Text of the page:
Scotland in Autumn: What Happens on the Reserve
Written by: Stewart Borland
Published: 14th September 2017
Discover the beauty of Scotland in Autumn and learn about some of the key changes you can expect to see on the reserve over the next few months. Not near the reserve? Don’t worry! You can follow all of nature’s changes on our Facebook page. You can also play a vital role in our conservation efforts by sponsoring a habitat box, buying a plot, saving our trees or giving the gift that keeps on giving.
Scotland in Autumn: Insects
During autumn our bees prepare to go to sleep. The drones (males) leave the hive as they serve no purpose through the winter. Meanwhile in the hive, the female worker bees and the queen form a central cluster, keeping warm by rapidly beating their wings to generate heat – an action quite different to the ‘flapping’ required to fly. The female bees survive the winter on the hive’s honey stores – for this reason we don’t harvest any honey from our eight hives.
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Scotland in Autumn: Animals
The majestic red deer will start to lose its russet coat – turning grey-brown to blend in with the bracken as it turns from luscious green to burnt amber. It is in fact our pigs who dig up the bracken roots to naturally restrict its spread, allowing us to avoid the use of chemicals.
The feeding stations and nesting boxes which brought our native red squirrels back to the reserve last year will provide a helpful source of nuts for caching, as well as a cosy nest in which to keep warm (red squirrels don’t hibernate through the winter, but like to stay in bed a little longer – don’t we all!)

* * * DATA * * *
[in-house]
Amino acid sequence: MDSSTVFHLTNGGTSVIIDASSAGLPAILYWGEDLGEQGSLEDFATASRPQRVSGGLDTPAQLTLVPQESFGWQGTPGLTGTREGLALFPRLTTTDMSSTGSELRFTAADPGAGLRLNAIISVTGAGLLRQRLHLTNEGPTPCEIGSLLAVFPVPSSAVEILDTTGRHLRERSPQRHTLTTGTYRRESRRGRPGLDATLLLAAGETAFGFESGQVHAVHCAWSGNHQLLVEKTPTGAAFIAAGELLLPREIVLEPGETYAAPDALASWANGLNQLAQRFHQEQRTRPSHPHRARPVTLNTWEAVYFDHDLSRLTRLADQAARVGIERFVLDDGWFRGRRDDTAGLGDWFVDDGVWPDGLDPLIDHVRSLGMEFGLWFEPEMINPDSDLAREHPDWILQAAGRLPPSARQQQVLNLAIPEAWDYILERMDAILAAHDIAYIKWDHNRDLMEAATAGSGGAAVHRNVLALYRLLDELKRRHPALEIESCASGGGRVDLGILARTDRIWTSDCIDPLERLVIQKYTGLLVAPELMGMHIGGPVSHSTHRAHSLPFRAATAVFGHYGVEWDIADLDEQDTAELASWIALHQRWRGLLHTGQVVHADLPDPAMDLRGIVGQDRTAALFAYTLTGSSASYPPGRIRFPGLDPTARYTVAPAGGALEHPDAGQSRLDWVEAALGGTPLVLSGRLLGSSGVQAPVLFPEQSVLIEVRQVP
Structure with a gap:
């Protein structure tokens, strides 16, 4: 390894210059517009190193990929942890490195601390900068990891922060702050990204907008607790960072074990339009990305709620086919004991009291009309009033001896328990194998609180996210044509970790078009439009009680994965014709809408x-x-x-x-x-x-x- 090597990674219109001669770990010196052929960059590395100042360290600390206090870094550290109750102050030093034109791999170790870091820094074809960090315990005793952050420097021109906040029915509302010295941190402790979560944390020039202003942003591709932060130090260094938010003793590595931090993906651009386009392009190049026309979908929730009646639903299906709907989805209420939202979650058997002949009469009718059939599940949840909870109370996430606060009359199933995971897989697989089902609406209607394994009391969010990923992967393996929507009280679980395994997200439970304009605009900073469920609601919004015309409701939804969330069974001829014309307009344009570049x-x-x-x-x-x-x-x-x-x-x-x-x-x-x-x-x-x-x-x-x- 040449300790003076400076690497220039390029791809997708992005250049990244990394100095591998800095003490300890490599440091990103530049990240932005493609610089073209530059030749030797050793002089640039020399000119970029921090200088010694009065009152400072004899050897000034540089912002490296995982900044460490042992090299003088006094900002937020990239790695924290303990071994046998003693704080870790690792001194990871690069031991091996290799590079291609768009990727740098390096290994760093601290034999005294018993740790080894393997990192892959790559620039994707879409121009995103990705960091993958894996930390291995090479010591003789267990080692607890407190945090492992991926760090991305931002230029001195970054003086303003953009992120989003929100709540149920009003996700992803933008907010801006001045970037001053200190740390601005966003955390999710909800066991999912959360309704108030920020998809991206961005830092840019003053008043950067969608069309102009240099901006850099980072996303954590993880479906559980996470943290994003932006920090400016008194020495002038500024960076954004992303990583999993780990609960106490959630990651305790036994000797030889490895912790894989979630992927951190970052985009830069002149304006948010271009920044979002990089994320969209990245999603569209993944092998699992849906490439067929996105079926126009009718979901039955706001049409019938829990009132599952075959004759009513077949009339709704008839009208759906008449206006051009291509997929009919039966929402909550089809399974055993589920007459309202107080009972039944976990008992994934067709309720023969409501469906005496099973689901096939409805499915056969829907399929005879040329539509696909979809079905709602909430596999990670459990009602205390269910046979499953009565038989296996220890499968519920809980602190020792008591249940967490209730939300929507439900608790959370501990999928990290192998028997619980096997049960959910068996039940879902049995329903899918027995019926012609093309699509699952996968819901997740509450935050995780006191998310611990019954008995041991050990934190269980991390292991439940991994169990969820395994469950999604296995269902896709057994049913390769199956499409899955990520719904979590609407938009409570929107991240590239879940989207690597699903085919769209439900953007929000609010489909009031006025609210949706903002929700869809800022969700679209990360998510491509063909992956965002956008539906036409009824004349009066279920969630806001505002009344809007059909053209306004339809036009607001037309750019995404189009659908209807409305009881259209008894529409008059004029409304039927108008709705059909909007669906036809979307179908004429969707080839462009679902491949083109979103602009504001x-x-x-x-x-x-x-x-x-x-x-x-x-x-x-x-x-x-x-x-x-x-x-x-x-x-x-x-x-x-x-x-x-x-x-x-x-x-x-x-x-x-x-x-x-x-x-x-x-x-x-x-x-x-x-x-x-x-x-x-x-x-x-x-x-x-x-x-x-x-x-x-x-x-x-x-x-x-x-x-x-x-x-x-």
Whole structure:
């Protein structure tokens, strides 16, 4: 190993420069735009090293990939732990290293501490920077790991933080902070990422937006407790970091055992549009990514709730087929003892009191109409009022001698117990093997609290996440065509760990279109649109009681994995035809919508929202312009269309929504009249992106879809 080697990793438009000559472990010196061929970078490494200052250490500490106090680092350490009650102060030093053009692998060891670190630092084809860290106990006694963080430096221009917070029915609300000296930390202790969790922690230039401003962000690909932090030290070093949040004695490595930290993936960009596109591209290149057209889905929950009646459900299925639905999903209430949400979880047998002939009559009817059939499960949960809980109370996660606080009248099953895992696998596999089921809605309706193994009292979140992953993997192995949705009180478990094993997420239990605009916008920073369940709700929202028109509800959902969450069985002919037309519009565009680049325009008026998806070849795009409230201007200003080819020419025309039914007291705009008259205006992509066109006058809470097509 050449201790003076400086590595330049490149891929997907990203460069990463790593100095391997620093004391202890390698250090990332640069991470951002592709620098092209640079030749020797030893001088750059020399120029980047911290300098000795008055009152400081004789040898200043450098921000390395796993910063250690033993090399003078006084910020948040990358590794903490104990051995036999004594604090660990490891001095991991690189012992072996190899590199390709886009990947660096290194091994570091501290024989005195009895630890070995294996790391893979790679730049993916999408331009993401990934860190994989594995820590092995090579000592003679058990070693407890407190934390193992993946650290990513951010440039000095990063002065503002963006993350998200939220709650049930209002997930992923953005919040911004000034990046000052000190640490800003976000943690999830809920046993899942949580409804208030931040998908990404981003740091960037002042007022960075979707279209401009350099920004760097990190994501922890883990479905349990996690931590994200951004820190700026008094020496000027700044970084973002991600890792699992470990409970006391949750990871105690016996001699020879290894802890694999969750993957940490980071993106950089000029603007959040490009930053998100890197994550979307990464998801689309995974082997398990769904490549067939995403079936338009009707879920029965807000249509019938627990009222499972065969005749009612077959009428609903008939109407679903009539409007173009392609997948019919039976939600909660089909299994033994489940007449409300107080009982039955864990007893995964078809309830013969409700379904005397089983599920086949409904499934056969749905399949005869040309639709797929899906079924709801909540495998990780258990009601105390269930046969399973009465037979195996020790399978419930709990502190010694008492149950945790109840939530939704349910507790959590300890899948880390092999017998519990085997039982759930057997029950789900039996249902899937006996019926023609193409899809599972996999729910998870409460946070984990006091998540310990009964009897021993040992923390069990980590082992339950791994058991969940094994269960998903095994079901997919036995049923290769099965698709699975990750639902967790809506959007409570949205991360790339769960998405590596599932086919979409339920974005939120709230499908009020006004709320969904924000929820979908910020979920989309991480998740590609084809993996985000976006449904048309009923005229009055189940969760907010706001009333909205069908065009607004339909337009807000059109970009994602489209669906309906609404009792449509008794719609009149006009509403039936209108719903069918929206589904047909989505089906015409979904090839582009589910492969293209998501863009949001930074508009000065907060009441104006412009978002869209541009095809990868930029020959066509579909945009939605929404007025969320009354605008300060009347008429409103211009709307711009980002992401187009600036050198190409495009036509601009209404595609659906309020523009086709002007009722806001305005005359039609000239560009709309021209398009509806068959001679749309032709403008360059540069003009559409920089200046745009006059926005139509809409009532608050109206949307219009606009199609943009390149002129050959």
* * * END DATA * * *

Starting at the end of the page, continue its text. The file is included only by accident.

Through the night, mice will make their way to the squirrel feeders to stock up their own cache. Some will carry away what often looks like their own body weight in hazelnuts, while others will simply use the space for a rest – as we recently discovered!
Help our conservation efforts and Buy A Plot
Scotland in Autumn: Trees And Plants
Trees will spread their seeds through autumn, like the sycamore’s winged ‘helicopter’ seed or the horse chestnut’s famous ‘conker’ (naturialised in but not native to Scotland). Last year we collected seeds from the holly, rowan, hazel and oak trees on the reserve in order to start growing our own. These young saplings will continue to flourish through autumn in the warmth of our polytunnel, mitigating the risk of disease through their native origins.
The reserve’s rowan trees will start to grow bushels of red berries, proving an irresistible treat for our pine martens, who remain active throughout the autumn. The larch is the only pine tree which changes colour during autumn, and is only pine tree in the country which will drop its needles to grow new ones.
Sadly thousands of our young larch trees are currently at risk from sudden oak death – a disease which is as nasty as it sounds. We have our work cut out for us to mitigate the impact of sudden oak death on the reserve, both through the autumn and thereafter.
Please help us by sponsoring part of the affected area. In return, your name and a message can be displayed on a display board. 100% of your contribution will go towards the cost of saving our oak trees (we have already been promised the cost of the board by a donor).
Become a sponsor and help Save Our Trees
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